Regulation and standards (or lack thereof) in the canine industry have been a bone of contention in recent times. There has been pressure by reputable industry authorities and professionals to have standardized procedures that blanket defense, law enforcement and private contractors – therefore producing consistency in the industry irrespective of your professional orientation.

The fundamental basis of a detection dog’s mission is to provide an olfactory detection layer of search capability in support of law enforcement and/or appropriate agencies or organisations, for the detection of mission associated target substances within an expected operational context, environment, and climate.

The canine search asset is one of robust nature with phenomenal olfactory capabilities, but requires specialist canine professionals, with a deep understanding of canine behaviour and a conditioned awareness and understanding of search mechanics and methodologies. Without the appropriate training, validation, maintenance, and operational exposure the detection dog team will lend itself to falsely completing a search and therefore rendering the area inadequately screened – which could lead to undesirable and even catastrophic consequences irrespective of the specialist search discipline.

It is incumbent on the client to engage in a dialogue which requests documentation that processes have been followed to ensure the validity of the contractor and to ensure the contractor has the evidence and history to provide the service that is required/requested. Some such processes are outlined below.


The validation process involves an assessment of the detection dog team’s performance and provides a proficiency benchmark which meets a minimum standard of agency policy pertaining to mission requirements.

Validation is first administered upon successful completion of initial training followed by a series of blind assessments conducted by an independent supervisor or assessor. The validation assessments vary, although, the basic rubric involves a double-blind scenario and is inclusive of odour generalisation and discrimination test, and operational contextual and discipline related problem solving.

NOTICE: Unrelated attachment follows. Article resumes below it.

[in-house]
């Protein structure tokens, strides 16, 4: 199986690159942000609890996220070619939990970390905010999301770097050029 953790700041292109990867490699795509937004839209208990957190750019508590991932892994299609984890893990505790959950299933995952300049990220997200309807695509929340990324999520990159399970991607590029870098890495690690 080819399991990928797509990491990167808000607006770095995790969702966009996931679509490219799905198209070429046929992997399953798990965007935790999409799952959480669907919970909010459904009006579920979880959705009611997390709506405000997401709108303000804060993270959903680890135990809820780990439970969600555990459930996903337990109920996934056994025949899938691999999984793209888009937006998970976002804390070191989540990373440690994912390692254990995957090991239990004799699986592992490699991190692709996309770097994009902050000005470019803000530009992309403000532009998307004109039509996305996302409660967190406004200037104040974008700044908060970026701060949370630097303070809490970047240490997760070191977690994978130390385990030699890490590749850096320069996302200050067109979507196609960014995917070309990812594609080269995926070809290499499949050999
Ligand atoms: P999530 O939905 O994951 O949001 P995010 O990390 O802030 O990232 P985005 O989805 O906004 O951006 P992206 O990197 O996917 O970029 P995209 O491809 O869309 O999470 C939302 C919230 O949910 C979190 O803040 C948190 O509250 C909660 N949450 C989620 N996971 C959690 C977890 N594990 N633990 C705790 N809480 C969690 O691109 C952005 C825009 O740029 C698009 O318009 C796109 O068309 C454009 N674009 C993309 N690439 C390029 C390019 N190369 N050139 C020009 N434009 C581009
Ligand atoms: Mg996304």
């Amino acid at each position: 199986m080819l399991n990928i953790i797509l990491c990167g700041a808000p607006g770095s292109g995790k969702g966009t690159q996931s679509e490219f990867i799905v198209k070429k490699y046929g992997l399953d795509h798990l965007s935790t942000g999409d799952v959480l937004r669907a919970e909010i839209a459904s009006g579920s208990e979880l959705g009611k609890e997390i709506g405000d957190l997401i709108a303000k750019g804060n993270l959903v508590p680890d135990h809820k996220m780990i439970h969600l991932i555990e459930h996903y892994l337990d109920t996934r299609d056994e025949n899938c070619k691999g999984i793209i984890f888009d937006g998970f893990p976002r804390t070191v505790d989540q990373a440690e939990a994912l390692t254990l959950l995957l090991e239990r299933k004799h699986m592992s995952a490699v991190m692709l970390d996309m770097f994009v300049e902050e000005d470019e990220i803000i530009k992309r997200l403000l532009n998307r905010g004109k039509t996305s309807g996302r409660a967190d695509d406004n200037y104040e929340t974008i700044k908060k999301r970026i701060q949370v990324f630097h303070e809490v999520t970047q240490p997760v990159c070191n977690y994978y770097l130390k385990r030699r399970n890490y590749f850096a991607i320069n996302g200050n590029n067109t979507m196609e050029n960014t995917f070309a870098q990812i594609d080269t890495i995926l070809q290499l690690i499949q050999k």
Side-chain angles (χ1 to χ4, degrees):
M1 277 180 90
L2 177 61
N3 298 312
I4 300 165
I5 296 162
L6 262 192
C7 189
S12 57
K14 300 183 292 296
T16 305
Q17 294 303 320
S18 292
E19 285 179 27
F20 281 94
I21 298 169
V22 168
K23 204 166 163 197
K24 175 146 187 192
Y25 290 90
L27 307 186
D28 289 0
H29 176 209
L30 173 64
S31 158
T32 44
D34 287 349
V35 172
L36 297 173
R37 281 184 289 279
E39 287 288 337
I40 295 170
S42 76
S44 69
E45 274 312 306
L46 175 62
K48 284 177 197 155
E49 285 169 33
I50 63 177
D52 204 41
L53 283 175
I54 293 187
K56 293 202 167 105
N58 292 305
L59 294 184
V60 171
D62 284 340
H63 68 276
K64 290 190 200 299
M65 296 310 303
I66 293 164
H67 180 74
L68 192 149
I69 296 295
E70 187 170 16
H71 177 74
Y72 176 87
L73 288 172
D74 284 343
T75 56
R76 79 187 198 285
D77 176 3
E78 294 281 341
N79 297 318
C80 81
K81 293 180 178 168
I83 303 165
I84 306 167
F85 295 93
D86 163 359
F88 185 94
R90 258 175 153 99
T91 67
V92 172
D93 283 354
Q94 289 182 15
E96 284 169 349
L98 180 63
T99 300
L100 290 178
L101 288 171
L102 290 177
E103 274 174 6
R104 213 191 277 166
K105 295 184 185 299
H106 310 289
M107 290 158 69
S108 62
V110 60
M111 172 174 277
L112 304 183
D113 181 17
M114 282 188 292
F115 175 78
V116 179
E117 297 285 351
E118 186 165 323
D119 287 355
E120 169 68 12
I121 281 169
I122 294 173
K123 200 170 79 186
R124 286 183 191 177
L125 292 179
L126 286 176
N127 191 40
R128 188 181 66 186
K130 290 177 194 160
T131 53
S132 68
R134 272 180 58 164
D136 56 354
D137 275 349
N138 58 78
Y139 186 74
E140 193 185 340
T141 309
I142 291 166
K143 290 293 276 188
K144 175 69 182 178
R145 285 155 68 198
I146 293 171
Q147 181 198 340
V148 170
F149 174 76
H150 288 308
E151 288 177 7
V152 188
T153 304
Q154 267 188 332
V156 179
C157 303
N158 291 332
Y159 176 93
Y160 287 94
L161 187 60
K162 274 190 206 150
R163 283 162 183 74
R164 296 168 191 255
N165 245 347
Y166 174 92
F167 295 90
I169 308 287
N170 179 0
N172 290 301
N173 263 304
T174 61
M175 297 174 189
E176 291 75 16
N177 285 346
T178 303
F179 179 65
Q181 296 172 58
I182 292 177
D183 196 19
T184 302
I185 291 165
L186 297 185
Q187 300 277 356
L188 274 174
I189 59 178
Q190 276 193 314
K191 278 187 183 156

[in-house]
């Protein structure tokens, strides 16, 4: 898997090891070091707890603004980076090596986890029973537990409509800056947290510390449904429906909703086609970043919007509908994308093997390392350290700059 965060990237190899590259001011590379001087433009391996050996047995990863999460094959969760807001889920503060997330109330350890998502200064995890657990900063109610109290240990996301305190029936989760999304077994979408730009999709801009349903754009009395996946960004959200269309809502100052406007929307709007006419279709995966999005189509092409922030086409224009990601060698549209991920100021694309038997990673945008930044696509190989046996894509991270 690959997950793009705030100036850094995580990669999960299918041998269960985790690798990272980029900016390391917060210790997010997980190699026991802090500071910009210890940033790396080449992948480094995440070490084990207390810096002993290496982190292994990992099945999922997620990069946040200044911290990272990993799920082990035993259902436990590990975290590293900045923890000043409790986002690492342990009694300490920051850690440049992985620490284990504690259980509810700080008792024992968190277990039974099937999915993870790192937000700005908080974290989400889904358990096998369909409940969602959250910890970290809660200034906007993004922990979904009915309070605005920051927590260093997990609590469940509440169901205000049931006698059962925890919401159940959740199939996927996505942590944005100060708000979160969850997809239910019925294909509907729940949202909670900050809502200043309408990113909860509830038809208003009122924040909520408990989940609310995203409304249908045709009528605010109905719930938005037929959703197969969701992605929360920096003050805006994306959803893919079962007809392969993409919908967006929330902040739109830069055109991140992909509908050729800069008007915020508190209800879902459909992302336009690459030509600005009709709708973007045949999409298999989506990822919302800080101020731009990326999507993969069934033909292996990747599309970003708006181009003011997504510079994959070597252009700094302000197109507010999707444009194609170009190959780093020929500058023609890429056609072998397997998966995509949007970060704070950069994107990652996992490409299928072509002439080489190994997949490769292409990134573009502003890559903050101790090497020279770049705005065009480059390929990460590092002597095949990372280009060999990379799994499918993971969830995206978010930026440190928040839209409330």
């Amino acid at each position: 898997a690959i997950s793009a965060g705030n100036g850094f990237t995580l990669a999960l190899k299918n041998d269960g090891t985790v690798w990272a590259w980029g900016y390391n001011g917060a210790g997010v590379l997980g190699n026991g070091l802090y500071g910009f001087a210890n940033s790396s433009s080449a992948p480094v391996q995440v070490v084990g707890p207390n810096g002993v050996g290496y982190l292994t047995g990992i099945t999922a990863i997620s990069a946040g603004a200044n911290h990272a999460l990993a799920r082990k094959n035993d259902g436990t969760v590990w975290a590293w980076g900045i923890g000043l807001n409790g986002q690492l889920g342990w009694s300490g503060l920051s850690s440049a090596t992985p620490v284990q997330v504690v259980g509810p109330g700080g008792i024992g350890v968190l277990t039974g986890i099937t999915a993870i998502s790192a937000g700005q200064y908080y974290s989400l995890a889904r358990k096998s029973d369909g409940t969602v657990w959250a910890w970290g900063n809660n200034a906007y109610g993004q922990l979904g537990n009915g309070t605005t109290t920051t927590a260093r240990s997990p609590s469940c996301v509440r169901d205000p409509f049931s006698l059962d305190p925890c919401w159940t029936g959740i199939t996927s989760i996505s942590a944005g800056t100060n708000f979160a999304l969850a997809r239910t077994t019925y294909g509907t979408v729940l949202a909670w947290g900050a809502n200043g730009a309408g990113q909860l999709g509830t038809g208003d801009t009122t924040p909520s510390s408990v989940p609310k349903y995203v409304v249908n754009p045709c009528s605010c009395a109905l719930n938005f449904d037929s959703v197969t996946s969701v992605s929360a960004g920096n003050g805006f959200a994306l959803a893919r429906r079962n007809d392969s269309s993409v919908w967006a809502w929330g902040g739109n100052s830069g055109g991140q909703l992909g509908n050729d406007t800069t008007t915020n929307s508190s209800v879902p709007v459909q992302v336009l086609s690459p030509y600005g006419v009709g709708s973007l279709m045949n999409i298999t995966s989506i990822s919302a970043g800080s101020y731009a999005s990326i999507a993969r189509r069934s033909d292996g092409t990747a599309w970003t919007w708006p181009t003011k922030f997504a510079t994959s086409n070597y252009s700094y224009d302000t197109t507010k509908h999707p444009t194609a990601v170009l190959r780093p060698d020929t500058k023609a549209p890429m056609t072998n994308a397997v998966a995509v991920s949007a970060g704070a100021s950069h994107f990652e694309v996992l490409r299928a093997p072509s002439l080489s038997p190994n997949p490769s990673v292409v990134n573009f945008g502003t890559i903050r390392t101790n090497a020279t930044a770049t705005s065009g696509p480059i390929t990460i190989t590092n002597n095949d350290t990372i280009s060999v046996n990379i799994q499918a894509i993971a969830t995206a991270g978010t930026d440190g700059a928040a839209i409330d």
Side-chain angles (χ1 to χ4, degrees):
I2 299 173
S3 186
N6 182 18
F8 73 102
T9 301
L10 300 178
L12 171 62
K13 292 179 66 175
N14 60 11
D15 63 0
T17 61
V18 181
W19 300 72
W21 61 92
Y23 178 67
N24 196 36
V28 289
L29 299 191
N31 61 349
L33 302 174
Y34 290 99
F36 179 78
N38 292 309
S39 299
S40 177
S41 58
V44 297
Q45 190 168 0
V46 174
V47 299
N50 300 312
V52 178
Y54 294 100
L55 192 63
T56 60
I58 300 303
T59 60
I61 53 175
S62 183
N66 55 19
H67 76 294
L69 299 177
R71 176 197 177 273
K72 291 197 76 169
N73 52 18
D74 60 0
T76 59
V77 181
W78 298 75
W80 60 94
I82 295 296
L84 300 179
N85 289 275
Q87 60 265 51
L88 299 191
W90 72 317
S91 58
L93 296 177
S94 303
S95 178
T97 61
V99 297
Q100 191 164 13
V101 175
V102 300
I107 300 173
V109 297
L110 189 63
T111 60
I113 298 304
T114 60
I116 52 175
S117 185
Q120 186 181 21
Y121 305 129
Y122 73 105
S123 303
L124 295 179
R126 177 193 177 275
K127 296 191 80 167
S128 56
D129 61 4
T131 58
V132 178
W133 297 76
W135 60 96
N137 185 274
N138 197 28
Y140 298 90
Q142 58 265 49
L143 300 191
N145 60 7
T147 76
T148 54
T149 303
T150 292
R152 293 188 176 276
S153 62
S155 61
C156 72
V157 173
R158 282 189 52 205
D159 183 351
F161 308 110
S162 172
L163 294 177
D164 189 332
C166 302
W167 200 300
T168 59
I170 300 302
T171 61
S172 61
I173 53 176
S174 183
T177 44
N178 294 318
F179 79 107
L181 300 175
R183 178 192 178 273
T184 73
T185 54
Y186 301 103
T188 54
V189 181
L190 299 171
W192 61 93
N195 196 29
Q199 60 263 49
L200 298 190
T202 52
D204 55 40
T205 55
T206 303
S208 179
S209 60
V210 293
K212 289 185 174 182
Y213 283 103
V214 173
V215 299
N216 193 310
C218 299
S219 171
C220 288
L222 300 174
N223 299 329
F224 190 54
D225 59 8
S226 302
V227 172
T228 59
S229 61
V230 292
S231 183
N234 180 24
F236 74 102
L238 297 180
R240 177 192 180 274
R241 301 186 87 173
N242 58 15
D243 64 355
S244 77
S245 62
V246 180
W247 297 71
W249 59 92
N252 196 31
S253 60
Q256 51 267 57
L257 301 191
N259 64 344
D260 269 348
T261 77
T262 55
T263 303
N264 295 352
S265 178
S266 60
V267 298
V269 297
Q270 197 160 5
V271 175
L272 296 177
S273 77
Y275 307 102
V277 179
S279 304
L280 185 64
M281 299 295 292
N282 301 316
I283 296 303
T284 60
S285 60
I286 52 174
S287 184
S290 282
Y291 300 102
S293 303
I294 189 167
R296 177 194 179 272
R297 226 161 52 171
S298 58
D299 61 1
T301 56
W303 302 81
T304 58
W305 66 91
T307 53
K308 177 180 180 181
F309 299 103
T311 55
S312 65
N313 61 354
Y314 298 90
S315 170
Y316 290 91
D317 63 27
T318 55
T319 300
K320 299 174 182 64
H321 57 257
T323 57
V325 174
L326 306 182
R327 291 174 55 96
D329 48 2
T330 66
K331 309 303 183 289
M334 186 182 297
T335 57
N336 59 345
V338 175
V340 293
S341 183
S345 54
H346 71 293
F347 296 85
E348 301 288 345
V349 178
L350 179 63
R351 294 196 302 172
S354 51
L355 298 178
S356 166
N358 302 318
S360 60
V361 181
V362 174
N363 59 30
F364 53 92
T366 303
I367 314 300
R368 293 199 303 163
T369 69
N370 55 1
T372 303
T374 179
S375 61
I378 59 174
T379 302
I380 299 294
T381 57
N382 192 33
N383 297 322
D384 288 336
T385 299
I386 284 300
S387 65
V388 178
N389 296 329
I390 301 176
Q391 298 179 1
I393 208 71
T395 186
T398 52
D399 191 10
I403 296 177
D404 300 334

The validation process should ideally be conducted regularly throughout the year independent of continuation (maintenance) training. There are systems which involve an assessment based on the handler’s competencies and teaming up of a dog or any additional detection dog they acquire.


Proficiency targets should be set at a maintenance level to establish if the detection dog team upholds the professional standard that is required by the end user. Standard benchmarks should simply be set as a pass or fail level. If the team fails to meet their requirements, they should have the opportunity to revisit the criteria and make amendments to their training schedule in order to reassess. Reports should be provided by the sessional trainer and therefore provide evidence that maintenance training has been upheld.


The credibility and reliability of specialist detection dog teams rests upon the training and validation of both the canine and the handler. The validation process must be fair, honest, open, and consistent. It should accurately reflect the detection dogs search discipline requirements.

The Assessor’s qualification should be a matter of governmental or organisational policy. Assessors should undergo their individual standardized processes and should obtain an observer to eliminate discrepancies.


The governing bodies should reflect that training records are maintained and made available for scrutiny from the most recent annual validation assessment through to the following annual validation assessment. Training records should be maintained from the first pass through to the working life of the canine. Training records that include failures, incorrect responses, or behavioural inconsistencies should also be included. Furthermore, with the inclusion of progress reports of any remedial action that was taken in the in the subsequent related assessment.

As with any industry, there is a range of skill and competency levels seen between different providers. Unfortunately, irrespective of your professional orientation, selection must be based on performance. This will ensure that consistencies are met and that value for money frameworks include the quality output derived from the professional.

Scientifically supported validation methods are essential to mission focused end-user requirements as an operational search asset for it to be deemed competent and capable in deployments. Specialist search dogs have repeatedly shown they are a capable resource in recovering contraband (and much more) in complex environments, that would not have been possible with the use of traditional methods. Standard operating procedures is a launching pad to consistency in contractor performance output and the delivery of a quality product to end users, as a byproduct the canine search asset resource will remain a superior asset for the future.

It is incumbent on government agencies to produce and enforce SOP’s for security and detection dogs, this should not limit the need for companies to undertake appropriate due diligence.

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